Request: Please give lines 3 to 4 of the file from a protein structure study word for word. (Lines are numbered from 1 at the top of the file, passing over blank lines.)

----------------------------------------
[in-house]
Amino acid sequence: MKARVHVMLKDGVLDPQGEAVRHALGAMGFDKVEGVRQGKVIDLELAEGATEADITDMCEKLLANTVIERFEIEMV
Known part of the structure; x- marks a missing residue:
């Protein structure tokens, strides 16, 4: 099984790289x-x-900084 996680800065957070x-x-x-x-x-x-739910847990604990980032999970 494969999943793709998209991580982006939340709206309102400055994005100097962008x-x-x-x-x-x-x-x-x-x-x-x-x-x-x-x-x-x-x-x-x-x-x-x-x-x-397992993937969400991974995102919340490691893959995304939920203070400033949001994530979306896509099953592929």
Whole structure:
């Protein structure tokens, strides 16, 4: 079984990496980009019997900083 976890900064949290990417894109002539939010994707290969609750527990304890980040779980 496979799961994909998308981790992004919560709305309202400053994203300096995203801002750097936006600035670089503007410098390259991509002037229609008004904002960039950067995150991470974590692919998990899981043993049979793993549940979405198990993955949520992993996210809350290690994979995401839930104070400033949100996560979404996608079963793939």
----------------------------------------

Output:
Known part of the structure; x- marks a missing residue:
């Protein structure tokens, strides 16, 4: 099984790289x-x-900084 996680800065957070x-x-x-x-x-x-739910847990604990980032999970 494969999943793709998209991580982006939340709206309102400055994005100097962008x-x-x-x-x-x-x-x-x-x-x-x-x-x-x-x-x-x-x-x-x-x-x-x-x-x-397992993937969400991974995102919340490691893959995304939920203070400033949001994530979306896509099953592929």